The JABSOM Genomics Core Facility offers genomic services, experimental advice, and data analysis to researchers of the Hawaiian Islands. To date we have processed samples from over 66 individual users from multiple sites including Chaminade University, UH Manoa, UH Hilo, JABSOM, Queens and Leahi Hospitals, and the Cancer Research Center. Total invoices, in both number and dollar amount, have steadily increased on a yearly basis since the creation of the Core in March of 2009. Our major services of qPCR, Sequencing, and Microarray Hybridization are each trending steadily upwards each year. A careful evaluation of costs and recharge recovery suggests that with continued moderate growth of the activity in the Core we can achieve break-even fiscal performance after 5 years. The Core is run by a talented Manager, Steffen Oeser, who worked for 8 years at lllumina in genomic technologies. In addition to genomic services the Core provides education to users and maintains the skills of its staff. In order to enhance the offerings of the Core in this cycle of COBRE funding we have established a collaboration with the Virginia Bioinformatics Institute. The provision of sophisticated informatic expertise should increase the value of the Core offerings, especially microarray data. We also have a component of innovation in the Core, provided largely by projects of a new Assistant Professor, and COBRE young investigator, Chad Walton. These include a bioinformatic approach to ligand selection, a potential improvement in SNP identification by a gradient "melt-off", and work on a field-effect transistor that will allow us to test the capability of the ligand-prediction algorithm to generate a peptide that will bind to troponin for diagnosis of cardiac damage. Transitional COBRE support will firmly establish this core as a sustainable resource for crucial genomic services that are necessary for a molecular understanding of disease.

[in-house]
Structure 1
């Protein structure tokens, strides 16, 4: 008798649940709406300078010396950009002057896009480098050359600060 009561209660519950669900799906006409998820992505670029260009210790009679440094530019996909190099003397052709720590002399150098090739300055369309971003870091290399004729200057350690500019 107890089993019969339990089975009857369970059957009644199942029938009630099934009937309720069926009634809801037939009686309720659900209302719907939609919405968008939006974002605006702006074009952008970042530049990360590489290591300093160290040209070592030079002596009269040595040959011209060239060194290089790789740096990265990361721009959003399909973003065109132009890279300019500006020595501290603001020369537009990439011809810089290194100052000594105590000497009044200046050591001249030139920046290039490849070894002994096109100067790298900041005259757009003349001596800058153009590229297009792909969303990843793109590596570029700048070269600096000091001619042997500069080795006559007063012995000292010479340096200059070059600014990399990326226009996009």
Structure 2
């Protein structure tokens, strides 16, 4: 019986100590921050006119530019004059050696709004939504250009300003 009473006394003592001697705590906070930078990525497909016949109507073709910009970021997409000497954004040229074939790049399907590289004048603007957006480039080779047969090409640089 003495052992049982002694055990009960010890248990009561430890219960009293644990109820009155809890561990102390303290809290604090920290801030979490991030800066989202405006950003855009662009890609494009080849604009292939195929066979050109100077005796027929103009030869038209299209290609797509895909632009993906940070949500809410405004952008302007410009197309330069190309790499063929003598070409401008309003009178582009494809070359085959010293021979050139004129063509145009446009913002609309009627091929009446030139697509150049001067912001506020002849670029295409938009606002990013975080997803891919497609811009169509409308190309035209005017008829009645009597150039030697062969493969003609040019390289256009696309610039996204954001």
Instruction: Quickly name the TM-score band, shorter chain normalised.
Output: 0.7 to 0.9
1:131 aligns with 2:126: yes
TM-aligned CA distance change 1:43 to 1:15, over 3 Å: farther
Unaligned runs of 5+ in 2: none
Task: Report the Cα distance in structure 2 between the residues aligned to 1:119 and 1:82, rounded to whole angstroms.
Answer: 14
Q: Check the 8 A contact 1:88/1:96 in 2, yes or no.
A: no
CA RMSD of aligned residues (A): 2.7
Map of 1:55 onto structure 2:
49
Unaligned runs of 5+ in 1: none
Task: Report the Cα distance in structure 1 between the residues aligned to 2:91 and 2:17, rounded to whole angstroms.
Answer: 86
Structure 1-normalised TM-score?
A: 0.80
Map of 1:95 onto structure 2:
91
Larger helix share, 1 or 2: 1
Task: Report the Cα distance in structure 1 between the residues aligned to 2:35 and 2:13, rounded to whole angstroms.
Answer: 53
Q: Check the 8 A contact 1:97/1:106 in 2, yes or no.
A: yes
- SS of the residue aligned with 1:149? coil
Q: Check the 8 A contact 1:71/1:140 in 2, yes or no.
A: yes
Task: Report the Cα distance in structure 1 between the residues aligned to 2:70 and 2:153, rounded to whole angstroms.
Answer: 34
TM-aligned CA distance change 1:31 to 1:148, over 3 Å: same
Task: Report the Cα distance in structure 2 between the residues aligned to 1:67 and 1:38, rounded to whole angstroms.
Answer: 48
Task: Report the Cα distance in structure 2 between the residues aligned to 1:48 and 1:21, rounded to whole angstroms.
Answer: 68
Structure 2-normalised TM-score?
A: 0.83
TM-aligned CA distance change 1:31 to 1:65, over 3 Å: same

The Genomics Core is a valuable resource for the Cardiovascular COBRE, the Medical School, and a growing number of investigators around the State. It has brought convenient, inexpensive, reliable genomic services to the new Medical School campus and is a necessary element in the transformation of our school into a research-centric institution that focuses on generating new knowledge to treat disease.
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